Synopses & Reviews
From one of the worlds premier Shakespeare scholars, author of Shakespeare After All
(“the indispensable introduction to the indispensable writer”–Newsweek
): a magisterial new study whose premise is “that Shakespeare makes modern culture and that modern culture makes Shakespeare.”
Shakespeare has determined many of the ideas that we think of as “naturally” our own and even as “naturally” true–ideas about human character, individuality and selfhood, government, leadership, love and jealousy, men and women, youth and age. Yet many of these ideas, timely as ever, have been reimagined–are indeed often now first encountered–not only in modern fiction, theater, film, and the news but also in the literature of psychology, sociology, political theory, business, medicine, and law.
Marjorie Garber delves into ten plays to explore the interrelationships between Shakespeare and twentieth century and contemporary culture–from James Joyces Ulysses to George W. Bushs reading list. In The Merchant of Venice, she looks at the question of intention; in Hamlet, the matter of character; in King Lear, the dream of sublimity; in Othello, the persistence of difference; and in Macbeth, the necessity of interpretation. She discusses the conundrum of man in The Tempest; the quest for exemplarity in Henry V; the problem of fact in Richard III; the estrangement of self in Coriolanus; and the untimeliness of youth in Romeo and Juliet.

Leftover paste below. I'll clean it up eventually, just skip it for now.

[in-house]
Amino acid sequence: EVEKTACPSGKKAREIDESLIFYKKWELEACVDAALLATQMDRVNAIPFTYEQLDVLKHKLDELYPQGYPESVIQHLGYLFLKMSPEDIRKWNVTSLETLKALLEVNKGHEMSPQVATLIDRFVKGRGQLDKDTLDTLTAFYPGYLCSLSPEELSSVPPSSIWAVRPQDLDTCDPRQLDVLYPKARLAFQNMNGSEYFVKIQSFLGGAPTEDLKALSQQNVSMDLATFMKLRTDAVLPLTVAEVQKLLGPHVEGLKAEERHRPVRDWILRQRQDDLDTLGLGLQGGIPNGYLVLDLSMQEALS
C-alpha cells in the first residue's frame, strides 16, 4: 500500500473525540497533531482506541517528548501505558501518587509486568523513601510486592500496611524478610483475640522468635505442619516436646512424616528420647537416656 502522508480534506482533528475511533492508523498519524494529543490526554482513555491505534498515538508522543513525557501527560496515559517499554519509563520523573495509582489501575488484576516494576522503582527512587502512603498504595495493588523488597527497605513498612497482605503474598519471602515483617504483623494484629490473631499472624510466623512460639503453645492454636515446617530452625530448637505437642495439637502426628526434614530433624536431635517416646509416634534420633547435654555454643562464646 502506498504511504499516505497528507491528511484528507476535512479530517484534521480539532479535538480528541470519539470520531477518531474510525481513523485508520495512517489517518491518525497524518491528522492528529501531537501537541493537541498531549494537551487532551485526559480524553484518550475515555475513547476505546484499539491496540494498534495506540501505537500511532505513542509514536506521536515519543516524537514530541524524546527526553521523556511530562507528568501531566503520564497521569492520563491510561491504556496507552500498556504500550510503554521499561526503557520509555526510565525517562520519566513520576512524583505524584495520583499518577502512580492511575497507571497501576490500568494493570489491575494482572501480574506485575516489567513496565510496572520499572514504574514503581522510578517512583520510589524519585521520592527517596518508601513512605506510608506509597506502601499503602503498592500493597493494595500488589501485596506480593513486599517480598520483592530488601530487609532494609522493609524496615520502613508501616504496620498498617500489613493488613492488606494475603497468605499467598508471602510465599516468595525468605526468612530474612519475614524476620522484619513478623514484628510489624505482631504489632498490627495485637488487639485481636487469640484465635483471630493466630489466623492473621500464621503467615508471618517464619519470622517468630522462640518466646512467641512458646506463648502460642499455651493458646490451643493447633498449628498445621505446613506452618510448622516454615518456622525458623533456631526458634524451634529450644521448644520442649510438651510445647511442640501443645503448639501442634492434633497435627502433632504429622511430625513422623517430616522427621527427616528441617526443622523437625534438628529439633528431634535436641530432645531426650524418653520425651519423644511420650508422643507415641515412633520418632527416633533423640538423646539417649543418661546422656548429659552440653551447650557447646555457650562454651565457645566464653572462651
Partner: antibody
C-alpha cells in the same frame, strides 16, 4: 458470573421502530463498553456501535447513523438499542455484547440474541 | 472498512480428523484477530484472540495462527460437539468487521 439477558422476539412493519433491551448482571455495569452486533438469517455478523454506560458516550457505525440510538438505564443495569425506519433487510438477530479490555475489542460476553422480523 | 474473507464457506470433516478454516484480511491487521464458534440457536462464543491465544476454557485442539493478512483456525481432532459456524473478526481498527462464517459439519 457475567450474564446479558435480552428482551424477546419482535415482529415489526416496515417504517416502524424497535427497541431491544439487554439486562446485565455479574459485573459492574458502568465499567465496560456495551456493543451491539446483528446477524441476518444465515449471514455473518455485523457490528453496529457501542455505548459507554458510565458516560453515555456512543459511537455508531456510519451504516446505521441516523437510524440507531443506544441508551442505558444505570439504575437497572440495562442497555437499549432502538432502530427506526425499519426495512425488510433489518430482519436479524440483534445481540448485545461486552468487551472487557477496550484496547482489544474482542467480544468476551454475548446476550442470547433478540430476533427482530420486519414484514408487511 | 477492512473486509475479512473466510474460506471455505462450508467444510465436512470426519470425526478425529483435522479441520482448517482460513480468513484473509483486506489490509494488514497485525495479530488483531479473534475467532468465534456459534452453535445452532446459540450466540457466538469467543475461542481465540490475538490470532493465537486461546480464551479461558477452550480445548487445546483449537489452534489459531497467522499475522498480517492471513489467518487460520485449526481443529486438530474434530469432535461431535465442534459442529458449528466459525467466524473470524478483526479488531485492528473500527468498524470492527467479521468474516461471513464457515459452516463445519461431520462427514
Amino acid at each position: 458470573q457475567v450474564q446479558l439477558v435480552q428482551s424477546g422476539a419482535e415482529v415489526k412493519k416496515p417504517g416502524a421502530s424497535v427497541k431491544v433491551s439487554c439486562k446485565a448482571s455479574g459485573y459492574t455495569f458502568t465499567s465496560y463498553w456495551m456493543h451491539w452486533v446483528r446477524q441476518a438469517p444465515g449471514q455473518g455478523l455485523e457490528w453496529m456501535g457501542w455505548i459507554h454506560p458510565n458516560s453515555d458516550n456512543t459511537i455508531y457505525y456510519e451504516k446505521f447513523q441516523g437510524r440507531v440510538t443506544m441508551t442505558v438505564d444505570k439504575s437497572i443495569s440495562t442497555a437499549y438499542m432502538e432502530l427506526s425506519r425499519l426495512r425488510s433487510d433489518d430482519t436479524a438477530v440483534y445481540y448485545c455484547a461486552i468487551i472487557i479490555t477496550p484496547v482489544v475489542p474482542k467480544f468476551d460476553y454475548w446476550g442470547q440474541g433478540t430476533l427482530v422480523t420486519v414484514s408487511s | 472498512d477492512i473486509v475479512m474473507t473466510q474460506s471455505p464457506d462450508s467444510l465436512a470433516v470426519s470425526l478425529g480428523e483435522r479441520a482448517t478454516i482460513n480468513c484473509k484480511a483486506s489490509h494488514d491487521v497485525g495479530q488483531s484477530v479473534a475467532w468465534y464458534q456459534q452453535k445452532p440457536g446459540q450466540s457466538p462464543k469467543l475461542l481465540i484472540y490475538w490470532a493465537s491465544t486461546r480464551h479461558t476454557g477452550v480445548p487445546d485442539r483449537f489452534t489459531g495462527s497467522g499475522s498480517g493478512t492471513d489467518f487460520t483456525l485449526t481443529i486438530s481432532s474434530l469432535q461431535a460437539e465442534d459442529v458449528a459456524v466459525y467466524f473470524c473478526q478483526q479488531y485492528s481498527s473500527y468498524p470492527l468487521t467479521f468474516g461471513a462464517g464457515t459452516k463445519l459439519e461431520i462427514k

Shakespeare and Modern Culture is a tour de force reimagining of our own mental and emotional landscape as refracted through the prism of protean “Shakespeare.”
About the Author
Marjorie Garber is William R. Kenan Jr. Professor of English and American Literature and Language, and Chair of the Department of Visual and Environmental Studies, at Harvard University. Shakespeare After All was named one of the five best nonfiction books of 2004 by Newsweek and received the 2005 Christian Gauss Book Award from the Phi Beta Kappa Society. She lives in Cambridge, Massachusetts.
Table of Contents
Introduction: Shakespeare and Modern Culture
1. The Tempest, or the Conundrum of Man
2. Romeo and Juliet, or the Untimelieness of Youth
3. Coriolanus, or the Estrangement of Self
4. Macbeth, or the Necessity of Interpretation
5. Richard III, or the Problem of Fact
6. The Merchant of Venice, or the Question of Intention
7. Othello, or the Persistence of Difference
8. Henry V, or the Quest for Exemplarity
9. Hamlet, or the Matter of Character
10. King Lear, or the Dream of Sublimity
Afterword: The Rest Is Shakespeare